The coastline of Bexhill on Sea, East Sussex, consists of a shingle beach maintained by a series of T-shaped, wooden piled groynes. This is a photographic exploration of a community of groynes that co-exist on the beach, next to the promenade from West Parade to Channel View. The photographs examine the individual characteristics of the post tops. Using photo montage, the ferrule was manipulated to create the number which links the post top to the groyne in which it exists. This series of blogs presents a small selection from work that started in 2002 and continues to this day.
Groyne 48 has a permanent location marker on the prom, in front of the red brick toilets.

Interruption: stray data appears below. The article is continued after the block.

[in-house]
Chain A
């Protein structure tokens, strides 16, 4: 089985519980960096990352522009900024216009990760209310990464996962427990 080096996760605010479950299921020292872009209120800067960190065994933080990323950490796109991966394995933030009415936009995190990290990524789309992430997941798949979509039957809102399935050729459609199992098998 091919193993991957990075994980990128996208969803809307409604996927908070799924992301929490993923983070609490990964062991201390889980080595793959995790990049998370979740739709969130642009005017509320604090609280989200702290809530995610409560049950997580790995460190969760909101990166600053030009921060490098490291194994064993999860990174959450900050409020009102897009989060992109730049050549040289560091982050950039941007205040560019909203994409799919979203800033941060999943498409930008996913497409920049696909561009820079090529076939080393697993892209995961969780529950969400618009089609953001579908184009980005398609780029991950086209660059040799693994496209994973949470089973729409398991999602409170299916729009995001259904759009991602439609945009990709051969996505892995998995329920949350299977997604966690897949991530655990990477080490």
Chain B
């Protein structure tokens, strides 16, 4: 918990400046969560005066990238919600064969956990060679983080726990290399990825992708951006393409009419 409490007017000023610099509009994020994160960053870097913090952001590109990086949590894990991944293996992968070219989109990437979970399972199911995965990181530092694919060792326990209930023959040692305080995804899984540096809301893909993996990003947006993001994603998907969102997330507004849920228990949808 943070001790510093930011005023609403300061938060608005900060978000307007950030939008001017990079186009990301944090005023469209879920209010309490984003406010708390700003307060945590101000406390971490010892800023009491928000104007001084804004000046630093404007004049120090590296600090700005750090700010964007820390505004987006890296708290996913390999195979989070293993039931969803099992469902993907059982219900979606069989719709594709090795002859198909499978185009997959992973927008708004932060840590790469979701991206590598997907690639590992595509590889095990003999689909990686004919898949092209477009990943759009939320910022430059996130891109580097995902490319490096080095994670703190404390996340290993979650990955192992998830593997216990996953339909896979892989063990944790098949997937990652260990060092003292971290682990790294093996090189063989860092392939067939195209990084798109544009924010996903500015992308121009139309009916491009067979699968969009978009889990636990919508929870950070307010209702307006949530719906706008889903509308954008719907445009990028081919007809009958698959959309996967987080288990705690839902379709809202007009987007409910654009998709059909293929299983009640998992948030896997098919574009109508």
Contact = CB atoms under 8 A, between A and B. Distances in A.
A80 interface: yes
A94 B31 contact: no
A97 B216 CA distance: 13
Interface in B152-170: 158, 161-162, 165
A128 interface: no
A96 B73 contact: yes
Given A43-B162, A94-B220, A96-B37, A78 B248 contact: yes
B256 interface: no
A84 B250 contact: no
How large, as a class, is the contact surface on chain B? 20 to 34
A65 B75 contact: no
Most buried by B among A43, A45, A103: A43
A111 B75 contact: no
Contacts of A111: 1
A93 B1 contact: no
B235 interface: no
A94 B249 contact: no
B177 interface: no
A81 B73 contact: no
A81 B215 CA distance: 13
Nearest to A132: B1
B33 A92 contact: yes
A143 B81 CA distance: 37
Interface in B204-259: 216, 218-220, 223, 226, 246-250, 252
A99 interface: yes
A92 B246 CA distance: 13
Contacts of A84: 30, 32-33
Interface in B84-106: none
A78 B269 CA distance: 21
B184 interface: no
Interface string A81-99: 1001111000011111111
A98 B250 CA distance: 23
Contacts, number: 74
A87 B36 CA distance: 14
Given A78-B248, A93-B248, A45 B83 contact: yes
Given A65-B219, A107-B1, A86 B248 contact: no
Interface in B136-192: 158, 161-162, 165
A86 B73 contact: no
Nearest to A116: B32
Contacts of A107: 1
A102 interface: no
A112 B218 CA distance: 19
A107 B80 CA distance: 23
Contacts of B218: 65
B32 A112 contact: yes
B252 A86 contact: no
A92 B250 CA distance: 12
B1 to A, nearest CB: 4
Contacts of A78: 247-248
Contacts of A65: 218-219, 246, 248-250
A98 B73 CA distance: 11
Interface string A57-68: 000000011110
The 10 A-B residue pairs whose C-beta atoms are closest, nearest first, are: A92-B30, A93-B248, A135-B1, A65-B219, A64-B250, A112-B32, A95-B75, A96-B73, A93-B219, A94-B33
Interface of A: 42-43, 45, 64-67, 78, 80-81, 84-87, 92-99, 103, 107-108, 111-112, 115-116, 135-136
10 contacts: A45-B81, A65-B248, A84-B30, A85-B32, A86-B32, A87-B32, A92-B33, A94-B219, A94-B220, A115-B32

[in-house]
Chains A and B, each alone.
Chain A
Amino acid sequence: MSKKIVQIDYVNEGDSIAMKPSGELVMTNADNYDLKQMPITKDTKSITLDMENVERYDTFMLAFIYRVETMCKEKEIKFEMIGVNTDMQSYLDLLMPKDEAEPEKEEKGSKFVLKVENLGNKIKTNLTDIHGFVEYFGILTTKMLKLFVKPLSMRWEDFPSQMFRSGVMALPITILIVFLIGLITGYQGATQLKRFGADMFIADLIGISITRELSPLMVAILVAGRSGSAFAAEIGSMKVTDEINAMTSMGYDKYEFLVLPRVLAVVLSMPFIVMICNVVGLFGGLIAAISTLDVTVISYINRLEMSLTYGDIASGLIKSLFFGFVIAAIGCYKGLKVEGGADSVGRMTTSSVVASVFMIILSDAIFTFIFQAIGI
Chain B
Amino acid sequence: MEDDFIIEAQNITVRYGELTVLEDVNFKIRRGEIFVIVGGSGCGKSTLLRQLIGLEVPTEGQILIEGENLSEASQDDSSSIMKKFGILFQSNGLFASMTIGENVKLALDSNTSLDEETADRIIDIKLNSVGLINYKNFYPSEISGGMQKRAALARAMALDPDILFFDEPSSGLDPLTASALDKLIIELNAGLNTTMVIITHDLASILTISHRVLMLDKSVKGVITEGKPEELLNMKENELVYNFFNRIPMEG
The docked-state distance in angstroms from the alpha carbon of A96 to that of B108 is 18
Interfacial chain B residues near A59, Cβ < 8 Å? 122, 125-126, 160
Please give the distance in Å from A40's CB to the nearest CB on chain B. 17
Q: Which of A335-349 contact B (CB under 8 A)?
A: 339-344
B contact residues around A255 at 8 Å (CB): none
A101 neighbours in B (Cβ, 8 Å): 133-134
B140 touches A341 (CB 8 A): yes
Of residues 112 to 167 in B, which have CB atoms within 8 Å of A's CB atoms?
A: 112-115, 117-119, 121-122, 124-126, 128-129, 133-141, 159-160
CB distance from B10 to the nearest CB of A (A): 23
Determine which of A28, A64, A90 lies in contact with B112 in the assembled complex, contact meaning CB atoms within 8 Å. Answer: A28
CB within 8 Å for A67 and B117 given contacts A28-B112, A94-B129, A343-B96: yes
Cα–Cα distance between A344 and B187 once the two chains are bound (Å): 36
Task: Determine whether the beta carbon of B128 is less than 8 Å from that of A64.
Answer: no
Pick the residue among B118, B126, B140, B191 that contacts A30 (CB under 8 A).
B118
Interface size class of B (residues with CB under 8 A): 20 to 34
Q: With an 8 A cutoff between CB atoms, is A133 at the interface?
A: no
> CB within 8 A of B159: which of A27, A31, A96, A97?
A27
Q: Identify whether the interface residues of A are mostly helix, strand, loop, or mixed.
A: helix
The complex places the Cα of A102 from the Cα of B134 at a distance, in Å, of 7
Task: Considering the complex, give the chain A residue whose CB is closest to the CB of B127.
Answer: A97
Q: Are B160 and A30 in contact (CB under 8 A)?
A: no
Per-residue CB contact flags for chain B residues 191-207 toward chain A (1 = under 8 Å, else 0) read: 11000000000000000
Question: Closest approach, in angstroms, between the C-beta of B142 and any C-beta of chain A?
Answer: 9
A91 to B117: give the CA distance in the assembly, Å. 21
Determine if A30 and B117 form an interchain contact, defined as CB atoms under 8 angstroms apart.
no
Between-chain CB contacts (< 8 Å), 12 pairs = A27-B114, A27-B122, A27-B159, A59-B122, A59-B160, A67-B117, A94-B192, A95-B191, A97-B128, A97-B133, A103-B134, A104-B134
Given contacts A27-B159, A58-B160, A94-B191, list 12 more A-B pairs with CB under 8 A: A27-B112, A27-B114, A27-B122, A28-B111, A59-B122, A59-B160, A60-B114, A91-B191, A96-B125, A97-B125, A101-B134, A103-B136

The end of the groyne is missing its lower planking, and you can see the light streaming through the groyne into the watery shadow.
I first photographed this groyne in 2012 and the deep pool at the end of the groyne has been there since then, so restricting access to photographing the lower posts.
The first two images are above the intertidal zone, the spray zone and have been colonised by grass and lichens.
The last of the three images shown above is the end post. The end post is in the Middle tide zone and is colonised by barnacles and seaweed.
I would be happy for someone to provide a more informed description of the the life inhabiting the post tops. Please leave a comment. More detailed images can be provided upon request.